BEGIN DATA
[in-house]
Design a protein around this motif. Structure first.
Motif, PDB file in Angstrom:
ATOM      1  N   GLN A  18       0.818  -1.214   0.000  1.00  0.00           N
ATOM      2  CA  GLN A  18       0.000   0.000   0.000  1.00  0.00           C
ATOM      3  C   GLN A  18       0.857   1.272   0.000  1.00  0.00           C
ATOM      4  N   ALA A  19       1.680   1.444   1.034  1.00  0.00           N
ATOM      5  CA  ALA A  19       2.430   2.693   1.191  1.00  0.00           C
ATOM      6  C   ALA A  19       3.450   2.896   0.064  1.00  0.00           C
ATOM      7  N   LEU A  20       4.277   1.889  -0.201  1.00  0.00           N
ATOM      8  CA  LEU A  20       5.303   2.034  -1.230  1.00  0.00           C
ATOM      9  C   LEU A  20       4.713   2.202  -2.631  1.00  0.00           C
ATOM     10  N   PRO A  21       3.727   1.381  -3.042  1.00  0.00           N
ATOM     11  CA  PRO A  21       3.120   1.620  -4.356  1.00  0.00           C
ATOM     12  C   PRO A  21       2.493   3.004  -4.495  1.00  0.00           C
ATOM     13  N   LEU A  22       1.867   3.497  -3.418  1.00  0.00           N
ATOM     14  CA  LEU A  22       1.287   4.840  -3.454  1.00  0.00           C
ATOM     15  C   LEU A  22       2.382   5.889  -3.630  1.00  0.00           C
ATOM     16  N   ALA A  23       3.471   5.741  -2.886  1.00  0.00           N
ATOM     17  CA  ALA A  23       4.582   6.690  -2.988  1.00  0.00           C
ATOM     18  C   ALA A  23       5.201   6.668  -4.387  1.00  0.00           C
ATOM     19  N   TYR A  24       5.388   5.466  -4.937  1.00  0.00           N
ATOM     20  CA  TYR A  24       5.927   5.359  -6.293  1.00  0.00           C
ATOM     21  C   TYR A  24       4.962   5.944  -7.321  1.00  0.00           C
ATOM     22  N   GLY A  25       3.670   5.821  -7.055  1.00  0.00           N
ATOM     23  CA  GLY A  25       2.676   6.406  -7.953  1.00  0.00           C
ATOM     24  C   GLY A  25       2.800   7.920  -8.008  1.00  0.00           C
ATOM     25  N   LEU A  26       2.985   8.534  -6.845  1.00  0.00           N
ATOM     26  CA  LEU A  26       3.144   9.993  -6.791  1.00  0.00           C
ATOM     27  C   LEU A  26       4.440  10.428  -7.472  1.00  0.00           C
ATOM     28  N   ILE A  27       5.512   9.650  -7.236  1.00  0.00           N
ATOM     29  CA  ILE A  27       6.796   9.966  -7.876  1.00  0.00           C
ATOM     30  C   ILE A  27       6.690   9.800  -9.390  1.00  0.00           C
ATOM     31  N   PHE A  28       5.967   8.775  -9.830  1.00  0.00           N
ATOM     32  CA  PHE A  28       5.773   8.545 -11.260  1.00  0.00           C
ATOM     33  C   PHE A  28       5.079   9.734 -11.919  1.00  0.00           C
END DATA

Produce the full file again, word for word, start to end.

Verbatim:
[in-house]
Design a protein around this motif. Structure first.
Motif, PDB file in Angstrom:
ATOM      1  N   GLN A  18       0.818  -1.214   0.000  1.00  0.00           N
ATOM      2  CA  GLN A  18       0.000   0.000   0.000  1.00  0.00           C
ATOM      3  C   GLN A  18       0.857   1.272   0.000  1.00  0.00           C
ATOM      4  N   ALA A  19       1.680   1.444   1.034  1.00  0.00           N
ATOM      5  CA  ALA A  19       2.430   2.693   1.191  1.00  0.00           C
ATOM      6  C   ALA A  19       3.450   2.896   0.064  1.00  0.00           C
ATOM      7  N   LEU A  20       4.277   1.889  -0.201  1.00  0.00           N
ATOM      8  CA  LEU A  20       5.303   2.034  -1.230  1.00  0.00           C
ATOM      9  C   LEU A  20       4.713   2.202  -2.631  1.00  0.00           C
ATOM     10  N   PRO A  21       3.727   1.381  -3.042  1.00  0.00           N
ATOM     11  CA  PRO A  21       3.120   1.620  -4.356  1.00  0.00           C
ATOM     12  C   PRO A  21       2.493   3.004  -4.495  1.00  0.00           C
ATOM     13  N   LEU A  22       1.867   3.497  -3.418  1.00  0.00           N
ATOM     14  CA  LEU A  22       1.287   4.840  -3.454  1.00  0.00           C
ATOM     15  C   LEU A  22       2.382   5.889  -3.630  1.00  0.00           C
ATOM     16  N   ALA A  23       3.471   5.741  -2.886  1.00  0.00           N
ATOM     17  CA  ALA A  23       4.582   6.690  -2.988  1.00  0.00           C
ATOM     18  C   ALA A  23       5.201   6.668  -4.387  1.00  0.00           C
ATOM     19  N   TYR A  24       5.388   5.466  -4.937  1.00  0.00           N
ATOM     20  CA  TYR A  24       5.927   5.359  -6.293  1.00  0.00           C
ATOM     21  C   TYR A  24       4.962   5.944  -7.321  1.00  0.00           C
ATOM     22  N   GLY A  25       3.670   5.821  -7.055  1.00  0.00           N
ATOM     23  CA  GLY A  25       2.676   6.406  -7.953  1.00  0.00           C
ATOM     24  C   GLY A  25       2.800   7.920  -8.008  1.00  0.00           C
ATOM     25  N   LEU A  26       2.985   8.534  -6.845  1.00  0.00           N
ATOM     26  CA  LEU A  26       3.144   9.993  -6.791  1.00  0.00           C
ATOM     27  C   LEU A  26       4.440  10.428  -7.472  1.00  0.00           C
ATOM     28  N   ILE A  27       5.512   9.650  -7.236  1.00  0.00           N
ATOM     29  CA  ILE A  27       6.796   9.966  -7.876  1.00  0.00           C
ATOM     30  C   ILE A  27       6.690   9.800  -9.390  1.00  0.00           C
ATOM     31  N   PHE A  28       5.967   8.775  -9.830  1.00  0.00           N
ATOM     32  CA  PHE A  28       5.773   8.545 -11.260  1.00  0.00           C
ATOM     33  C   PHE A  28       5.079   9.734 -11.919  1.00  0.00           C